It is very expensive. I realize that my days as a Scout were long, long ago, and that as times change, financing has changed as well. I expected a cost in getting my son involved, but not $230. Seriously, $230 !! I couldn't believe it. The total divides as follows; $160 just to join Scouts Canada (I assume the $160 is a combination of provincial and federal costs) and another $70 just for the local group. They quickly explained that we can volunteer to help with future costs. Heck if we volunteered enough we wouldn't have to pay as much next year. So what? 

Just what does $230 get my 6 year old? Not a uniform. Yup, the uniform will be an extra cost on top of the $230. Holy crap. How can they justify $230 to simply have a little kid in a Beavers group?

Then we found out that the last half hour of the meeting was devoted to sitting a small group of 6 and 7 years old boys in front of some sales posters while they were instructed how they and their parents were expected to sell merchandise to further support the organization. I am not kidding. They actually want us to push the sales of popcorn, trail mixes, and other crap to further provide funds to Scouts Canada. They explained how selling X number of dollars of products got the kids gift cards and other rewards. Big deal! Seriously, they are encouraging us to sell $600 worth of crap to get our kid a cheap plastic gun that shoots marshmallows. They discussed the rewards for selling $1200 and even $2500. I felt like I was trapped in an Amway meeting.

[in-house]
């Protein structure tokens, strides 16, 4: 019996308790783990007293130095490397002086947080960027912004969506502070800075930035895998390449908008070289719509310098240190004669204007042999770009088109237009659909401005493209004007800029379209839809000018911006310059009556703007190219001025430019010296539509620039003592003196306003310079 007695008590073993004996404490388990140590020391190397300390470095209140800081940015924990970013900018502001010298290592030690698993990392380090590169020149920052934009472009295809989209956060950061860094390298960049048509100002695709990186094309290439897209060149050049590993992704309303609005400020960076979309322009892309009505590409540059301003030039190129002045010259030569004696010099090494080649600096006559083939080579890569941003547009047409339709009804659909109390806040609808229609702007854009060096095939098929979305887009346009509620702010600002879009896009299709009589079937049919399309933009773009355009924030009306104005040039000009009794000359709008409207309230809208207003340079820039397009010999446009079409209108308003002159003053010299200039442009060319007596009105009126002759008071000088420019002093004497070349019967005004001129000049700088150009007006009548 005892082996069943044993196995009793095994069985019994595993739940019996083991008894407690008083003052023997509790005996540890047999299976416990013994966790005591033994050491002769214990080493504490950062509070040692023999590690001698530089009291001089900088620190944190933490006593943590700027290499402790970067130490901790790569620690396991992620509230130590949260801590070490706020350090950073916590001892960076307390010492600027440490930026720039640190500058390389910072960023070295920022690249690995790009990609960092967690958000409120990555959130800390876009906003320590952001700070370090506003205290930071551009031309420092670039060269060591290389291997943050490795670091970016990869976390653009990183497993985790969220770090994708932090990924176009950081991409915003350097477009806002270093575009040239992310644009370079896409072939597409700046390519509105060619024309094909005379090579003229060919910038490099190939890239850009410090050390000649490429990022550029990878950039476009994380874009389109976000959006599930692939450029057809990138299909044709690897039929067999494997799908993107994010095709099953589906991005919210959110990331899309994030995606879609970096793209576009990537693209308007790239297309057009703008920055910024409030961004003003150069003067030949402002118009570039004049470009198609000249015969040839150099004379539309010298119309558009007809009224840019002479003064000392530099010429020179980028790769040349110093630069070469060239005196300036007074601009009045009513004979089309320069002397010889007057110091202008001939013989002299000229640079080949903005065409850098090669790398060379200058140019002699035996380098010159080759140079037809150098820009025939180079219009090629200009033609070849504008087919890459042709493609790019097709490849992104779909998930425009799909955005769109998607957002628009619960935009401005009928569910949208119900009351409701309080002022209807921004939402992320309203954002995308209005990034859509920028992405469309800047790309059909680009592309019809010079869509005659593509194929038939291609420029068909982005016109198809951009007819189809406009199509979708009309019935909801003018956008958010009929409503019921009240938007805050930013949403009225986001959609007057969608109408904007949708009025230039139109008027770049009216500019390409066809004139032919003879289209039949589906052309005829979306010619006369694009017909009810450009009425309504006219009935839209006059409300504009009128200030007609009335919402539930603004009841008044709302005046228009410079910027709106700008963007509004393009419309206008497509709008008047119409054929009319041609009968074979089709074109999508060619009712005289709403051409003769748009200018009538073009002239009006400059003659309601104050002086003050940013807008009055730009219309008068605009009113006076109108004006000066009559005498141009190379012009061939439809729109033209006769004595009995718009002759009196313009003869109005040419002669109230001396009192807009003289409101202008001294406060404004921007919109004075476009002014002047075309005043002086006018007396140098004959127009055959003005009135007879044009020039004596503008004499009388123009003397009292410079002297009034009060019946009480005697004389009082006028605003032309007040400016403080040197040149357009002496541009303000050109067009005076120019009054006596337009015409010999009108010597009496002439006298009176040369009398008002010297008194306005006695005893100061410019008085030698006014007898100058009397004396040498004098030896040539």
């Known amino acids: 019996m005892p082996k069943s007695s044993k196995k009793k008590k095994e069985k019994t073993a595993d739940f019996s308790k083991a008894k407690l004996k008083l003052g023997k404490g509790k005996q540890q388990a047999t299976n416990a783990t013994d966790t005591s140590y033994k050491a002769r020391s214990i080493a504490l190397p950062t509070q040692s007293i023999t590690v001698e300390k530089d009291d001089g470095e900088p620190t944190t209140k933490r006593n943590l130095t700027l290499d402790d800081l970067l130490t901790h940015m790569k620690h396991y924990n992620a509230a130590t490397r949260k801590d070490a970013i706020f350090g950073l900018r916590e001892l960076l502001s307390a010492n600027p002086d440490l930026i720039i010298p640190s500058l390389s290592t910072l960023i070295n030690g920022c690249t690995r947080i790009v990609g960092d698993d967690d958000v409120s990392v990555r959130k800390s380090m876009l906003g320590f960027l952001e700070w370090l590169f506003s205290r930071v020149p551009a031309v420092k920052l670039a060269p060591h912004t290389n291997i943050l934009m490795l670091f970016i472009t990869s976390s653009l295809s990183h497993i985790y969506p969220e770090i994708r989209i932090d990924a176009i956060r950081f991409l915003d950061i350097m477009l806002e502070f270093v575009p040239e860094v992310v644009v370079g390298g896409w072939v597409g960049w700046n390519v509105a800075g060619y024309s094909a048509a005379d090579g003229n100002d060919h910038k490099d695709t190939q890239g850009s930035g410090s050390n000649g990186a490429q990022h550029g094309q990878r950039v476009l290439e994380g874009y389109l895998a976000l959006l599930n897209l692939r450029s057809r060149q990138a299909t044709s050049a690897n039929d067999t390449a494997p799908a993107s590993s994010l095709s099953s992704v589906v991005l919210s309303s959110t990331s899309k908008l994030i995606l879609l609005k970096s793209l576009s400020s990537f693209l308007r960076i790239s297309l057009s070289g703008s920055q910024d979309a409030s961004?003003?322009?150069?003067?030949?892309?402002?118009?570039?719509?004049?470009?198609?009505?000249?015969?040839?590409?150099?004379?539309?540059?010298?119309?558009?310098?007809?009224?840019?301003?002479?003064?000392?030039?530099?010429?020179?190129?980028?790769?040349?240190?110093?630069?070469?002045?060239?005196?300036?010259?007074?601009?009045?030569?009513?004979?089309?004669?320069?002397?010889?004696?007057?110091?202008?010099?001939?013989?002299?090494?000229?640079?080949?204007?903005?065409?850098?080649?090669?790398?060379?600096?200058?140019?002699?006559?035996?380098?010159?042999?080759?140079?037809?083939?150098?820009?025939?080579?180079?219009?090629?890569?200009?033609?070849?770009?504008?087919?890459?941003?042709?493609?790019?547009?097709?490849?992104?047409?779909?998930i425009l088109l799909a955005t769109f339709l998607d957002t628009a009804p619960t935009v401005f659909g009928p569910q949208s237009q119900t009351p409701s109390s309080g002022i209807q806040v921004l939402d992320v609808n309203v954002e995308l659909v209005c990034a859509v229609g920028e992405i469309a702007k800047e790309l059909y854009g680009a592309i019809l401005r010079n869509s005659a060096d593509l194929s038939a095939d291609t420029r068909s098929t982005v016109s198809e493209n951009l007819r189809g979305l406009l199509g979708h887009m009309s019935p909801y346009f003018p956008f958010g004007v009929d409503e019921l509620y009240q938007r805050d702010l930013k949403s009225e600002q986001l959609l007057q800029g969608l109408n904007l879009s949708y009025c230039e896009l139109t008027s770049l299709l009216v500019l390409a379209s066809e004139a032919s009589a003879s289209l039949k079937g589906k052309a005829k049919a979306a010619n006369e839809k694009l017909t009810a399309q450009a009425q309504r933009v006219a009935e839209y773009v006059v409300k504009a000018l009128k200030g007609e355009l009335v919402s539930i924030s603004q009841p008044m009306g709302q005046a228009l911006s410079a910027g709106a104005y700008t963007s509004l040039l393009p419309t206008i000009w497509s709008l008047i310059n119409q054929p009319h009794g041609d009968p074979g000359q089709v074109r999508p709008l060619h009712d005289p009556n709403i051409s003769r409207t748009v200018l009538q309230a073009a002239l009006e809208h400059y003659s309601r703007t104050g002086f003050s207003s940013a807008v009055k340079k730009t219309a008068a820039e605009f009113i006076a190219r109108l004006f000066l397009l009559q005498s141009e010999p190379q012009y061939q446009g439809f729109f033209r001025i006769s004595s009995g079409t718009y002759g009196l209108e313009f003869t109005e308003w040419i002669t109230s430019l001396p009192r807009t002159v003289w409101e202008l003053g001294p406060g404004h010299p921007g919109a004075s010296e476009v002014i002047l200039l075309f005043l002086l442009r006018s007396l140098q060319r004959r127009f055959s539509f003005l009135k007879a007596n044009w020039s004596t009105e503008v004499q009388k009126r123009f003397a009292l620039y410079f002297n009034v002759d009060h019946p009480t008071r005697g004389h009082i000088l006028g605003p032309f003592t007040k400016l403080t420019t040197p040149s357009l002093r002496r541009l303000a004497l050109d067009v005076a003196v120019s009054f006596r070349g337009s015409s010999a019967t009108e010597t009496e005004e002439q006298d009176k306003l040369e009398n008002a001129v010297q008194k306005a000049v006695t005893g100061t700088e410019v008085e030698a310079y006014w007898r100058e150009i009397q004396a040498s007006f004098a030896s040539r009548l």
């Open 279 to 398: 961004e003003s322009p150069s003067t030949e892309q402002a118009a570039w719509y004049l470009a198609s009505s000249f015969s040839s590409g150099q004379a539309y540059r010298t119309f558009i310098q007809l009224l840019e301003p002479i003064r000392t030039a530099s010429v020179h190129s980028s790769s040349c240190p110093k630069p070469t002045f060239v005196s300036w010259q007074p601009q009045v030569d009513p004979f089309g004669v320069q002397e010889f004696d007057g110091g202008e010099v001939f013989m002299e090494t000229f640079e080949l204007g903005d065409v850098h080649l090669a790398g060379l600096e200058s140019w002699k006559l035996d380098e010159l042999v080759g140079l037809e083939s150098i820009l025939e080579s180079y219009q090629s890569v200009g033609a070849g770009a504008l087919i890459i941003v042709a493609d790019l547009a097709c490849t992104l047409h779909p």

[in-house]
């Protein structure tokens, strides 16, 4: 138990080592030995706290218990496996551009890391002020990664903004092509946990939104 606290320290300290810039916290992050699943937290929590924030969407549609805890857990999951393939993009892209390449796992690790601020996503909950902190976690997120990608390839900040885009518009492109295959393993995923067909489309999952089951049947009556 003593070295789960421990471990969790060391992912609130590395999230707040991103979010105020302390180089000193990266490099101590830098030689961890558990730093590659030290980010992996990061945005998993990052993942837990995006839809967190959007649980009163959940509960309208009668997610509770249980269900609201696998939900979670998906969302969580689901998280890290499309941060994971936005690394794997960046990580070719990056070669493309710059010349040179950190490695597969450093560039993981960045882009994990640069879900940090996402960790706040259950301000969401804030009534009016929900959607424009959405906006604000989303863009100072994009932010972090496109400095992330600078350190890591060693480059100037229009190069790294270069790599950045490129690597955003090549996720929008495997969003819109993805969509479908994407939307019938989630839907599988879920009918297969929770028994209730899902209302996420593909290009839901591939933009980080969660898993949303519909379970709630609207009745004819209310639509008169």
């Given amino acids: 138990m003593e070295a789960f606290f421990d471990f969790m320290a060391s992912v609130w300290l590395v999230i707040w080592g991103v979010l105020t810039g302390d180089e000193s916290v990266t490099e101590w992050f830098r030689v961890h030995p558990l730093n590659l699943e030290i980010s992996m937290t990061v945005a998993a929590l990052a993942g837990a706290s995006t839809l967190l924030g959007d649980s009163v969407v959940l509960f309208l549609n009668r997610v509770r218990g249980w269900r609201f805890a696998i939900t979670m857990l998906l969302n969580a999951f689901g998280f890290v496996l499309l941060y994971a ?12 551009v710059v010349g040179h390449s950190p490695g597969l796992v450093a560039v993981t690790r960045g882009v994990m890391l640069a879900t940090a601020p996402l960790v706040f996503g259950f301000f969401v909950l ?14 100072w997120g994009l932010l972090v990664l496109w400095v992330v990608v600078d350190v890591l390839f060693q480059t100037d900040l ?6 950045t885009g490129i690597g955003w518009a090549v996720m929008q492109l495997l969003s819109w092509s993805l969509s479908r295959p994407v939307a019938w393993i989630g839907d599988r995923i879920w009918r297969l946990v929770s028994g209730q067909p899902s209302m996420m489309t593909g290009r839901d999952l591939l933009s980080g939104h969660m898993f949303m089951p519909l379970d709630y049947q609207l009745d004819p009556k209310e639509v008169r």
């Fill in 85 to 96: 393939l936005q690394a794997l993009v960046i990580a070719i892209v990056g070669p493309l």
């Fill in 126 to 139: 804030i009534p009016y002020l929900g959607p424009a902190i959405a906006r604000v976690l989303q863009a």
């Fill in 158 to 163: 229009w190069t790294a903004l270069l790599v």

I suppose there are some costs in sending a kid to camp (if they go), and perhaps there is some overhead, like insurance, but requiring $230 to put a 6 year old kid in a Beavers group is crazy? Give me a break. They actually tried to encourage little kids to peddle merchandise. Just how bad does Scouts Canada need the money? Shame on you Scouts Canada.

My kid will do something else instead. He will join other organizations (which are far cheaper) where he will have fun and not have to sellout. I was hoping to protect my kid from capitalistic scumbags for at least a few more years. Thanks Scouts.

Monday, July 26, 2010

Do Compact Fluorescent Bulbs Suck?

I think compact fluorescent bulbs suck. Perhaps I think this because I lack some important details about them, or simply don't know all the facts. Why do I think these curly little devils suck?

Tonight my spouse simply turned on the bathroom lights and in no time was hit by a horrible, almost acrid smell. You know, the horrible burning electric smell that makes you wonder what the hell is going on. Turns out that the cause was simply a failed compact fluorescent bulb. That made me think of a number of things I don't like about compact fluorescents.

1. These bulbs simply don't last as long as many claim. That very bulb had only been installed about two or three months ago. This is one of many bulbs, all over the house, that simply died long before expected. I just don't believe all the claims about how they are supposed to last three to five times longer than a regular incandescent bulb.

2. Cost. They are obviously worth more. I know that in terms of the environment, a little extra cost is supposed to worth it, right? But what about the fact that I had to dispose of numerous CF bulbs. They apparently contain mercury, and have huge plastic bases. That can't be good for the landfill. As well, these can't be environmentally friendly in their production. So every time one fails (long before it's time), more resources and energy are used to create a replacement. This doesn't seem right to me.